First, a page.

Q&A / 

Magnetic Water Softeners

DEAR TIM: Our drinking water is hard. It tests out at 18 grains. Water spots and scale are a big problem. I realize that water softeners can take care of this problem, but I don't want the hassle, salt, or expense of a traditional water softener system. Has traditional water softening technology improved? What about those magnetic or electronic water softening devices? Are they an acceptable alternative? Kit R. Boulder, CO

DEAR KIT: I am surprised sand doesn't flow from your water pipes. Your water hardness reading is practically off the chart. Blame Mother Nature for this. The rainfall she provides absorbs carbon dioxide as it travels towards the ground. This makes the rain slightly acidic. When the acidic rainwater enters the ground, it actually dissolves tiny rock particles. Typically, calcium and magnesium end up in the water. Some parts of the nation, the Pacific Northwest, the North Atlantic coastal states, and the Southeast coastal states excluding Florida, have naturally occurring soft water.

Water hardness is measured by calculating the amount of dissolved sediment in the water. A grain of hardness is equal to 1/7000th of a pound. Generally speaking, water contain 3.5 or more grains per gallon is considered hard. Water that contains greater than 10.5 grains is considered extremely hard.

Hard water can cause all sorts of problems. It causes unsightly water spots on polished faucets, stainless steel sinks, shower doors, and on freshly washed cars. These pesky water marks can often be cleaned by using a solution of white vinegar and water, but they can be totally eliminated if you manufacture soft water in your home. Hard water also makes it more difficult to clean clothes.

The traditional method of softening water is a simple chemical reaction. Calcium and magnesium are removed from the water as it passes through a filtering media that contains millions of sodium ions. The sodium comes from highly purified salt that is stored in a container next to the filtering media tanks. The hard water minerals are attracted to the filter and the sodium ions take their place in the water. The amount of salt in the water is minuscule and many people cannot taste it, although some people do detect its presence. Those people who must restrict the amount of salt in their diet can have a separate water line installed to the kitchen sink. This water tap provides regular hard water and should be used for drinking and cooking.

You can minimize the costs of softening water by only using it where you need it. The water lines that serve outdoor hose bibs used to water plants should deliver hard, not soft water. A separate hose bib installed near the garage piped into the soft water system is perfect for use when you wash and rinse your car. Cold water that enters your water heater should definitely be soft. Heat causes the hard water minerals to build scale faster. The use of soft water in water heaters can actually prolong a heater's life thus saving you money. In addition, hard water scale deposits can form rapidly on the bottom of water heater tanks. This scale slows heat transfer and causes you to spend more money to heat water day in and day out.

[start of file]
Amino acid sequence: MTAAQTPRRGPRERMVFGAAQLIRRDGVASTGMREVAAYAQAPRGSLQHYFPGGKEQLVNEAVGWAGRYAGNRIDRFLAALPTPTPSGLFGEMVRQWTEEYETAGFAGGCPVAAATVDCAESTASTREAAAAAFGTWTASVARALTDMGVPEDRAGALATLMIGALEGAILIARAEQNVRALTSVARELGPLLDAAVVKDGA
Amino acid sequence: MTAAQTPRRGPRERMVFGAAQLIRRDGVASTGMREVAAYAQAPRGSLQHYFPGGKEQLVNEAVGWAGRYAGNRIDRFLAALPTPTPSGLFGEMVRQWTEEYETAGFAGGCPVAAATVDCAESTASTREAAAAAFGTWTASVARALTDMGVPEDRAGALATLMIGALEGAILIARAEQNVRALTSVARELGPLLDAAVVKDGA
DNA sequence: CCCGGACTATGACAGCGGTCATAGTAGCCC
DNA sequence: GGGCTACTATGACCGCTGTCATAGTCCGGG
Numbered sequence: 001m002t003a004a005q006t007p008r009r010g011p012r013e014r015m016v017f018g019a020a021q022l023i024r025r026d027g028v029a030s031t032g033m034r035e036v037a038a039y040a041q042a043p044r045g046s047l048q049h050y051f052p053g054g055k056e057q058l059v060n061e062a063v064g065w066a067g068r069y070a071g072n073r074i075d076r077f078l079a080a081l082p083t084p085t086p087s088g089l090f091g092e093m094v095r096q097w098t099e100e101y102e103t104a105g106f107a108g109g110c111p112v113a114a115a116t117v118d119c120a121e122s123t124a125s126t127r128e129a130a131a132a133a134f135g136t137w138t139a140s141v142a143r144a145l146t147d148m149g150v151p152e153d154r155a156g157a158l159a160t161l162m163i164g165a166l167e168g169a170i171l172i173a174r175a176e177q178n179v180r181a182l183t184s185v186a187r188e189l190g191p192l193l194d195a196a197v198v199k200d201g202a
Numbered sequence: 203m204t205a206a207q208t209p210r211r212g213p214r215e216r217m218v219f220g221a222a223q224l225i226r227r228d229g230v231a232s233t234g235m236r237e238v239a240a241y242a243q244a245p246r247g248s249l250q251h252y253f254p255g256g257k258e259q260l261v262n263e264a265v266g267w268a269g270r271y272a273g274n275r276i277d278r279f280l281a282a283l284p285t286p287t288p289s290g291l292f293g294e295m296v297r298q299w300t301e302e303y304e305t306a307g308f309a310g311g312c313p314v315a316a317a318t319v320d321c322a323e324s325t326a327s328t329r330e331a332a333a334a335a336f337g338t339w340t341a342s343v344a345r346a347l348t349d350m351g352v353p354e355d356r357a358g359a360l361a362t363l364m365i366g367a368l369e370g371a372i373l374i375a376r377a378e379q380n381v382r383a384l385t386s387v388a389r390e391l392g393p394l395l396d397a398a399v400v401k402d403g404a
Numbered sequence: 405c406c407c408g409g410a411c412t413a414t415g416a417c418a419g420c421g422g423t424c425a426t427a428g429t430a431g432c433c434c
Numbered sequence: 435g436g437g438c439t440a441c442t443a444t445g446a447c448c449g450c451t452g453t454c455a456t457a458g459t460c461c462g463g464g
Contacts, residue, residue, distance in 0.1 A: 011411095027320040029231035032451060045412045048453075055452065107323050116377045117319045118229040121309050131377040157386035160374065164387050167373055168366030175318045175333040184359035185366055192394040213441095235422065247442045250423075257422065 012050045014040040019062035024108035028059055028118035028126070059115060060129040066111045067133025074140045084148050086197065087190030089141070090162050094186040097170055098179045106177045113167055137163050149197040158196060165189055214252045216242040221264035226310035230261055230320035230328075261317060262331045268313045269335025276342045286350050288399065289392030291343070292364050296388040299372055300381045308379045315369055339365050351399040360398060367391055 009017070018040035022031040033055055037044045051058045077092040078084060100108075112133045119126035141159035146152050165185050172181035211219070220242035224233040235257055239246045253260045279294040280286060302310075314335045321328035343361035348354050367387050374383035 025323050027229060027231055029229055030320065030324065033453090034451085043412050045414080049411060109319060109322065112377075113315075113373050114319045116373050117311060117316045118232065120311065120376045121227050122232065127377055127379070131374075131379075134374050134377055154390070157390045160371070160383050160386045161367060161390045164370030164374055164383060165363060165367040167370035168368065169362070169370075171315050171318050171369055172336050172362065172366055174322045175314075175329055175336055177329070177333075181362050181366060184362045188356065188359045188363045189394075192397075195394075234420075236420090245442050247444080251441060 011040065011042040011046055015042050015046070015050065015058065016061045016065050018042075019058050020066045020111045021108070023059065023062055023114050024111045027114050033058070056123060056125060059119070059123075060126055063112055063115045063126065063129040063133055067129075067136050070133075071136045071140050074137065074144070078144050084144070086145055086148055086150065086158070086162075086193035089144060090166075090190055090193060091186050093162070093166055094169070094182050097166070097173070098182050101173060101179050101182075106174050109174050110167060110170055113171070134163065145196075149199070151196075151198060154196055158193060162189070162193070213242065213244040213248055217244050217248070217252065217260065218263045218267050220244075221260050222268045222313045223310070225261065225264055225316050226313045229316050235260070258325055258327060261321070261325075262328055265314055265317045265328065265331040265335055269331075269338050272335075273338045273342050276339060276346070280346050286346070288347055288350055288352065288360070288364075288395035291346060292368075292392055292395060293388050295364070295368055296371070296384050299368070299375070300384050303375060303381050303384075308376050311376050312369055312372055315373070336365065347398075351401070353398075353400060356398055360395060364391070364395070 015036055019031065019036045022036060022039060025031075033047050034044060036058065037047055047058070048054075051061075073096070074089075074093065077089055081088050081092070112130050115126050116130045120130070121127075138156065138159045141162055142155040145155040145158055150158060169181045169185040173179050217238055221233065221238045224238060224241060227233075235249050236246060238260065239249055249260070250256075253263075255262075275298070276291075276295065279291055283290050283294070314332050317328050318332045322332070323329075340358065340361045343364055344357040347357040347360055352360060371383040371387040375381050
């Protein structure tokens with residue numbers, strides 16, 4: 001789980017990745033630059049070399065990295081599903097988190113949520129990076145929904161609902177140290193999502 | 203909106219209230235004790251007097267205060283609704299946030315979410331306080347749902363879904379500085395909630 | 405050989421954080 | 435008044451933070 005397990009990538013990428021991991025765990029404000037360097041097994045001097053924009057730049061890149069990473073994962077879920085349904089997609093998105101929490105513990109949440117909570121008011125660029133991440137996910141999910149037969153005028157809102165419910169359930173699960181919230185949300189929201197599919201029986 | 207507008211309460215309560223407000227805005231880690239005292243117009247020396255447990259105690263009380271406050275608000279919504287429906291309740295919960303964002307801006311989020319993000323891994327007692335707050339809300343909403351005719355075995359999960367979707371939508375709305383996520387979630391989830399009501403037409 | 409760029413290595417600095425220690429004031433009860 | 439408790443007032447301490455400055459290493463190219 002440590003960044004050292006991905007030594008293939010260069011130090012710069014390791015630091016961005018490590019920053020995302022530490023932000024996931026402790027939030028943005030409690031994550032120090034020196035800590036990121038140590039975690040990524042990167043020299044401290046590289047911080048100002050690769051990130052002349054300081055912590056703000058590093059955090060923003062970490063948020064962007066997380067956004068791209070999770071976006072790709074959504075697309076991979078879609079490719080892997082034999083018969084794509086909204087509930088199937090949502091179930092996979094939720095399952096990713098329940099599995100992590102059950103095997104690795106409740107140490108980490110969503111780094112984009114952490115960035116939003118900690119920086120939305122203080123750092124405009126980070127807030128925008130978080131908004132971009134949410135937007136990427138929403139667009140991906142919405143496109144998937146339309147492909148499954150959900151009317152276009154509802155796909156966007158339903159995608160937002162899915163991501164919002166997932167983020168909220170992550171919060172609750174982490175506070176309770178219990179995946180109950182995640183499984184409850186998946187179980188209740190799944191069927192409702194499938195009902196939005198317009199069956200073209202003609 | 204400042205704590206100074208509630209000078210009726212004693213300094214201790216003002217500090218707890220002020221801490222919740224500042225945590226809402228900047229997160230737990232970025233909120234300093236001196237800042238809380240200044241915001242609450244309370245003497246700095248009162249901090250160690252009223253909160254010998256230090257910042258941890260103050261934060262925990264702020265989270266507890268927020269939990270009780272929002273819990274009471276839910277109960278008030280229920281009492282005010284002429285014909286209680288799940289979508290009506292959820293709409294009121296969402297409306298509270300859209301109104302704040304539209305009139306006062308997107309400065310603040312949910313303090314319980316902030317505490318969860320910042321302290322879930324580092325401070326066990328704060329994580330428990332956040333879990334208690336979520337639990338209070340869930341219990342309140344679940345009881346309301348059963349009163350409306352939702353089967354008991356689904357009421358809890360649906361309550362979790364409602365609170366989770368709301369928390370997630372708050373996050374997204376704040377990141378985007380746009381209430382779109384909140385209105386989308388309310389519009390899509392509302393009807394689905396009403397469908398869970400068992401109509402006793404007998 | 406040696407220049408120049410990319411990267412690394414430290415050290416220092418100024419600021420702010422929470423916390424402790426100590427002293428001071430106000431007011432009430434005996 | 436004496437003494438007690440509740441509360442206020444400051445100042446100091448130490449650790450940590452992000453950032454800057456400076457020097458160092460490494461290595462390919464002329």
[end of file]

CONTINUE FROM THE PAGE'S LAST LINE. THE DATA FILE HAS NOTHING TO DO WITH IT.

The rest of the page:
You can buy traditional water softeners that operate totally on water pressure. Many conventional softeners require electricity to complete the regeneration process that flushes the collected hard water chemicals from the softening system. The water powered softeners also do not waste salt. They only regenerate when there is a need. Most other systems operate on a timer and may waste salt and electricity when regeneration is not actually required.

Magnetic and electronic descaling devices being sold for home use are still relatively new technology. These devices do not remove anything from the water. The manufacturers claim they stop scale from forming by imparting an electrical charge on the hard water ions as they pass through a magnetic or electronic field. This technology has a track record of acceptable performance in the industrial and commercial water treatment arena where they can be carefully installed and the systems can be matched to the incoming water temperature, flow rates through the piping, the amount of water hardness, and the water chemical composition. A residential magnetic or electronic device may work in one house but not another because of these variables.

Standard high voltage electric cables (208/220/240V) that are in almost every residential home can cause interference with the performance of these devices. If a high voltage line is within 36 inches of any water line that has contains treated and energized water, the electromagnetic field created by the high voltage line will interfere and possibly reverse the effects of the treatment device. The Water Quality Association has formed a special task force that began looking into magnetic and electronic descaling products in 1999.

WQA Magnetics Task Force Report: In March of 2001, the Water Quality Association (http://www.wqa.org) published a two-year study called the "WQA Magnetics Task Force Report." The report detailed 34 of 106 scientific test results on magnetic water treatment that met the task force's scientific criteria. They concluded that many of these magnetic processes were valid and worked to soften water, but in order to spread the technology more research is required and the industry should be held to a certification standard concerning water treatment.

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